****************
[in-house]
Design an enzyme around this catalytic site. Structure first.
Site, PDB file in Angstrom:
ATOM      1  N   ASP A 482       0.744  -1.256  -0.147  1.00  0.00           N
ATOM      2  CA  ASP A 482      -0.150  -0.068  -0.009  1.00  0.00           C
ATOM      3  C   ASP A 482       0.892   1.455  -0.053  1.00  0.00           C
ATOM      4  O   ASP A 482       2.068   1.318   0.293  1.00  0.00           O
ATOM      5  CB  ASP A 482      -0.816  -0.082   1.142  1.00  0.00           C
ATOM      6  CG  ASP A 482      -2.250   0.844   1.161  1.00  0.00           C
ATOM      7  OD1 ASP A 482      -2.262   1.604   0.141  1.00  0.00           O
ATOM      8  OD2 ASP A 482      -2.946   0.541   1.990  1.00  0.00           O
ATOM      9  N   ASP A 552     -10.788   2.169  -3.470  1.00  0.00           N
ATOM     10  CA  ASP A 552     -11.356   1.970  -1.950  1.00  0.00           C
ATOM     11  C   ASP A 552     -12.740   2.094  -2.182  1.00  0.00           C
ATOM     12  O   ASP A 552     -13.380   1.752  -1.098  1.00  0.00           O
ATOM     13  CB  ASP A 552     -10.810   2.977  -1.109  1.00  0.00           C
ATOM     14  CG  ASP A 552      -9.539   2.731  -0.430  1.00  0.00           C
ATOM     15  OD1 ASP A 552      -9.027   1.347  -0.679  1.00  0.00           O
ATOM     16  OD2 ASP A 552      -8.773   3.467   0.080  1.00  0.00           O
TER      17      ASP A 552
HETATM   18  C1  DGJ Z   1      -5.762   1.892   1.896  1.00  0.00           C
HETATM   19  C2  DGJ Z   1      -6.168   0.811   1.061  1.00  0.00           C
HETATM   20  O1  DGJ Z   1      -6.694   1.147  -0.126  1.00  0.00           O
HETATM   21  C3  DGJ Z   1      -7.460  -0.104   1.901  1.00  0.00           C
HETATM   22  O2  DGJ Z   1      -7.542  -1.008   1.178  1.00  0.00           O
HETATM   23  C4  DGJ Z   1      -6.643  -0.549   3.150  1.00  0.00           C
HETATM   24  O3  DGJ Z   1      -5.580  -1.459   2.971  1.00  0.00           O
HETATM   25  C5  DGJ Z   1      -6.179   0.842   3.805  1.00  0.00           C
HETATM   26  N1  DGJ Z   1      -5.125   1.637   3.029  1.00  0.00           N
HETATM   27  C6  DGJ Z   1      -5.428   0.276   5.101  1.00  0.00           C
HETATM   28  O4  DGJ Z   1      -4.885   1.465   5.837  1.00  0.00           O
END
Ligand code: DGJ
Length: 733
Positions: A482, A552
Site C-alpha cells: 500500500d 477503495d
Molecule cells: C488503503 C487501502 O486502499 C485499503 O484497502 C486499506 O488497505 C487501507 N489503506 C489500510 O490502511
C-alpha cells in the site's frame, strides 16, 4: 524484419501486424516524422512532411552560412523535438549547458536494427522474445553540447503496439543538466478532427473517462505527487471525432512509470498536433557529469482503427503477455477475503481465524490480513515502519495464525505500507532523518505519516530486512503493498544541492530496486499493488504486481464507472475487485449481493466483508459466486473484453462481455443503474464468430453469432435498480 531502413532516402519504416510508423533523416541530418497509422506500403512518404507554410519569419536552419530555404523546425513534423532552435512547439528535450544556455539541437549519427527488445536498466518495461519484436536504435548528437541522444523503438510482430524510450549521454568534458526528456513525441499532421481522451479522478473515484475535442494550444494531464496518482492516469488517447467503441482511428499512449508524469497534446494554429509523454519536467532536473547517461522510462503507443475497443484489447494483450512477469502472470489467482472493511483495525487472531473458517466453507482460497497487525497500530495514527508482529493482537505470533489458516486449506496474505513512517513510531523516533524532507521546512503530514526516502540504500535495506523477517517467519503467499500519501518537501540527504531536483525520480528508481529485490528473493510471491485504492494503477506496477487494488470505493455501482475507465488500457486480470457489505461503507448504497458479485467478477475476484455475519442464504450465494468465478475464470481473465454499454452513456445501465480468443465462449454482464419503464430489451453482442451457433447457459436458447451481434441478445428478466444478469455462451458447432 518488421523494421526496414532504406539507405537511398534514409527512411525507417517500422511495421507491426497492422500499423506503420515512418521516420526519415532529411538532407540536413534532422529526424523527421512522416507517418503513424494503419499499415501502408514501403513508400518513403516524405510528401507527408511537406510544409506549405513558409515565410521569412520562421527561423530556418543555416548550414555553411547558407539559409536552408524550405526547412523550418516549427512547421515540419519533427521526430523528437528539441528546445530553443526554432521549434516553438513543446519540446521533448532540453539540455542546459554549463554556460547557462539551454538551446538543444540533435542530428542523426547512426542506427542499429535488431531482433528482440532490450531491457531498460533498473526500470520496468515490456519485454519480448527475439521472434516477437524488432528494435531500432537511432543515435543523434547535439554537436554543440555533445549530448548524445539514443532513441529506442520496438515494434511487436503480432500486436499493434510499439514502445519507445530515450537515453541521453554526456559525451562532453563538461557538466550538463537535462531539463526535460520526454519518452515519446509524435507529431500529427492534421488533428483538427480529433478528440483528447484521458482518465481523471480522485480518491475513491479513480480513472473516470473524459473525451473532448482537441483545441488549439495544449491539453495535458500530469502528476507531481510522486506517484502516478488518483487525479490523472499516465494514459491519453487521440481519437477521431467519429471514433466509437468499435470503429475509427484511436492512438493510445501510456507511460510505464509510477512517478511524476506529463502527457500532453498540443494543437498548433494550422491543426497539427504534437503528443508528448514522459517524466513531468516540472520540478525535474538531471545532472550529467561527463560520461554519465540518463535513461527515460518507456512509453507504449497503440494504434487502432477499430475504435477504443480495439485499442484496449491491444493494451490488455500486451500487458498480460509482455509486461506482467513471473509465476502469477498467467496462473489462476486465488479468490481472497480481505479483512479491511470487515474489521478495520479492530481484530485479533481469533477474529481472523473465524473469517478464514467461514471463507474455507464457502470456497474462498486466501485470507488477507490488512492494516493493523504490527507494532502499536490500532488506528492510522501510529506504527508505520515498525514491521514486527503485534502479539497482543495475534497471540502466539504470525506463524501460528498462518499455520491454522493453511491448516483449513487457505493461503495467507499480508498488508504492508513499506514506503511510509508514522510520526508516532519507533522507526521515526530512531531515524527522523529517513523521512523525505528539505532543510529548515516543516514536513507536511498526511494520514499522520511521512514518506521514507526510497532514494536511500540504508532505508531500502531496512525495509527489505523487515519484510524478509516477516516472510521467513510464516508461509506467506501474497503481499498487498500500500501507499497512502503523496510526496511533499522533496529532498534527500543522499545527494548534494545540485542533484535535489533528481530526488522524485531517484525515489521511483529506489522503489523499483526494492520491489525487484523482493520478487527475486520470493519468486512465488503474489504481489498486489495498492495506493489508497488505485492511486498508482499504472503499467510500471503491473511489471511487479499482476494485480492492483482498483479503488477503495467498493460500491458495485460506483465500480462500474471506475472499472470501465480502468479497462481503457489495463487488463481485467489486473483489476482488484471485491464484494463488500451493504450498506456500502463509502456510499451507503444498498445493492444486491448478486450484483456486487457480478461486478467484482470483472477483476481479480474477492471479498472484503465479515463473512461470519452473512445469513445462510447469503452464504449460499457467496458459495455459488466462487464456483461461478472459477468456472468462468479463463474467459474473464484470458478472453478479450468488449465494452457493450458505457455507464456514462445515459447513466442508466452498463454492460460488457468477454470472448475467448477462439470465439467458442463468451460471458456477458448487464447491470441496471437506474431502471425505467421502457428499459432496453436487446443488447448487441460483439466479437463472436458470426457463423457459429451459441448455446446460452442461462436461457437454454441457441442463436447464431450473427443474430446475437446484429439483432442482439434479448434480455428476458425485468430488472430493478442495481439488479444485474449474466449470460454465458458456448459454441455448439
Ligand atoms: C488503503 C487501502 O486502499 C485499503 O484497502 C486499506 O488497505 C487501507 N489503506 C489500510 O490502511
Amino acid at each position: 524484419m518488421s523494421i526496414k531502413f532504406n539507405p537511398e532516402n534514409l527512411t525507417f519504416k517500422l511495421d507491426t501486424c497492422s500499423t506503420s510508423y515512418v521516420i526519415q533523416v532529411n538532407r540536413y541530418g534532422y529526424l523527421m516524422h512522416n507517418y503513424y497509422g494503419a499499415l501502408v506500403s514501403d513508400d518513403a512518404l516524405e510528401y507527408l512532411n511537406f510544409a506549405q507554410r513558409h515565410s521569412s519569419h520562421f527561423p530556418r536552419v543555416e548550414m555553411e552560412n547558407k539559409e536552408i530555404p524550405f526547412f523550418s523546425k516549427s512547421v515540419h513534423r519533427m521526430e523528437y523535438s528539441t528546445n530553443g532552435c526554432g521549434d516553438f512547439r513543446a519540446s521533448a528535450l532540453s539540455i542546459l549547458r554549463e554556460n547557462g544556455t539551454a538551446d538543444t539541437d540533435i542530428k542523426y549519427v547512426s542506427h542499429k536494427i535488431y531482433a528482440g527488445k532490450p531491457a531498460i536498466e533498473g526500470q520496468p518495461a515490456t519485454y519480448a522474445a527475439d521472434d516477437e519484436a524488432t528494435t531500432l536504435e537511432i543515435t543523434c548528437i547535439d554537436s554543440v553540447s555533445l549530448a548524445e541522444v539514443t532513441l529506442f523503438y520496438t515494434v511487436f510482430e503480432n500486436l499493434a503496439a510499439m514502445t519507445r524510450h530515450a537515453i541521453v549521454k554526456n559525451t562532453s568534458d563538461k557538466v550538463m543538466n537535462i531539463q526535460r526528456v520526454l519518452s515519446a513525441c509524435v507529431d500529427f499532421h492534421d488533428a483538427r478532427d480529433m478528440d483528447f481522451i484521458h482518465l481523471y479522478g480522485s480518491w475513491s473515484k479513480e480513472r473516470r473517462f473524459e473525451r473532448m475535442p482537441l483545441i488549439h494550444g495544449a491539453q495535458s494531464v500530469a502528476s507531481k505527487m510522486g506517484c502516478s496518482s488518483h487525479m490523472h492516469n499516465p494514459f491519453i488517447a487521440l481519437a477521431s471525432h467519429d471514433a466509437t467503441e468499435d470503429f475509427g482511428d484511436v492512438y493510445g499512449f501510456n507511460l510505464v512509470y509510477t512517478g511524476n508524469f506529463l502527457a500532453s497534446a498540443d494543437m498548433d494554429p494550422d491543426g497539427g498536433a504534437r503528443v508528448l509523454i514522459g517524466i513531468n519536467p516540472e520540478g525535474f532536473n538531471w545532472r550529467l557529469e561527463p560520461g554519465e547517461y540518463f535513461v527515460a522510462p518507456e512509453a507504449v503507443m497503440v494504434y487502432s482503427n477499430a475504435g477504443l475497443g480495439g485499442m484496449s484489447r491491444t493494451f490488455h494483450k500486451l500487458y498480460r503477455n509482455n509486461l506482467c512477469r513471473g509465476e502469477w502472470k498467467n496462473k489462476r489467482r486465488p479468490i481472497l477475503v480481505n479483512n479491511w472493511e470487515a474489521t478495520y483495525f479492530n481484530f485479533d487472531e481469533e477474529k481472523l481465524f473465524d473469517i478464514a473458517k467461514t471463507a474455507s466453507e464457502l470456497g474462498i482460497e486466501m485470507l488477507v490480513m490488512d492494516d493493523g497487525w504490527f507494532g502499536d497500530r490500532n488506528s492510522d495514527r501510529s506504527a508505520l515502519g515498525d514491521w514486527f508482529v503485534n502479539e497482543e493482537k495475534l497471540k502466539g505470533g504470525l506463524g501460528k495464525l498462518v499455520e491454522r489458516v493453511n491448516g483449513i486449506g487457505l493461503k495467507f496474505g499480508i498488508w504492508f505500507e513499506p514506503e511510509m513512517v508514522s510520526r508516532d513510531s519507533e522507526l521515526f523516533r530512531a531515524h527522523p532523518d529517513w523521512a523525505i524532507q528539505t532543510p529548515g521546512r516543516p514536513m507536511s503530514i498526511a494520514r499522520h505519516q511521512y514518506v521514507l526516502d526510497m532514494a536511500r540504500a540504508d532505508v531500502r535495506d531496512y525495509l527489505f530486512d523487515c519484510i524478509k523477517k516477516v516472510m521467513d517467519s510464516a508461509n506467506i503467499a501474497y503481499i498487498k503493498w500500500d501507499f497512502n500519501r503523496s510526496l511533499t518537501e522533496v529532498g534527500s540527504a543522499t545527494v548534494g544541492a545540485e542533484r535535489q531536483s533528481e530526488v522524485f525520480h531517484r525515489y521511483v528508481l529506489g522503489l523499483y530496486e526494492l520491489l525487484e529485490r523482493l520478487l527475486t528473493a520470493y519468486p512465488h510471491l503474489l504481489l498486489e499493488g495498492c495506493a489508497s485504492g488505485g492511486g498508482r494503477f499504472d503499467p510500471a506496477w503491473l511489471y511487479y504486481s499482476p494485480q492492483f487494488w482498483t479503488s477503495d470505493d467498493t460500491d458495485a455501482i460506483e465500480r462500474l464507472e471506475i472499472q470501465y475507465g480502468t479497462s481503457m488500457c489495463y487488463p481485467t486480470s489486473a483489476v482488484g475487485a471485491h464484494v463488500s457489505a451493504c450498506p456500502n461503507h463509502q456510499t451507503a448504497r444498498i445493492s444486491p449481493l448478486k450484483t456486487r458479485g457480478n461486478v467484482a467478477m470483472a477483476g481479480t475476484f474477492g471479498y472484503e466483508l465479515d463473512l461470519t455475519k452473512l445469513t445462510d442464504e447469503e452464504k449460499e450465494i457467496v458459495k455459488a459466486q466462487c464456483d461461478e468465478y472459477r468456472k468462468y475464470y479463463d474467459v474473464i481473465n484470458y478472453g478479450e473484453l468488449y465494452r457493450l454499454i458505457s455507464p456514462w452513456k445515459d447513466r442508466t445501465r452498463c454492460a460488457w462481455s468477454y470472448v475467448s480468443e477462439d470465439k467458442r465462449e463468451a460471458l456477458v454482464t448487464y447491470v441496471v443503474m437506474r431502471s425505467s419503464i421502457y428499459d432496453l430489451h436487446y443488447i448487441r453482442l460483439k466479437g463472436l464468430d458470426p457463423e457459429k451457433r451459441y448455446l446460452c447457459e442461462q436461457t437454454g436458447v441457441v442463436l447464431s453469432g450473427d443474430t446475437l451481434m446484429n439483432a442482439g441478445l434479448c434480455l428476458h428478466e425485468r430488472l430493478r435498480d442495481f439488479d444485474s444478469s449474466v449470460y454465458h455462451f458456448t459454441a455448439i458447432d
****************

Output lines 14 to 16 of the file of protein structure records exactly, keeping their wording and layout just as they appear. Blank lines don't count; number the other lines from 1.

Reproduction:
ATOM     11  C   ASP A 552     -12.740   2.094  -2.182  1.00  0.00           C
ATOM     12  O   ASP A 552     -13.380   1.752  -1.098  1.00  0.00           O
ATOM     13  CB  ASP A 552     -10.810   2.977  -1.109  1.00  0.00           C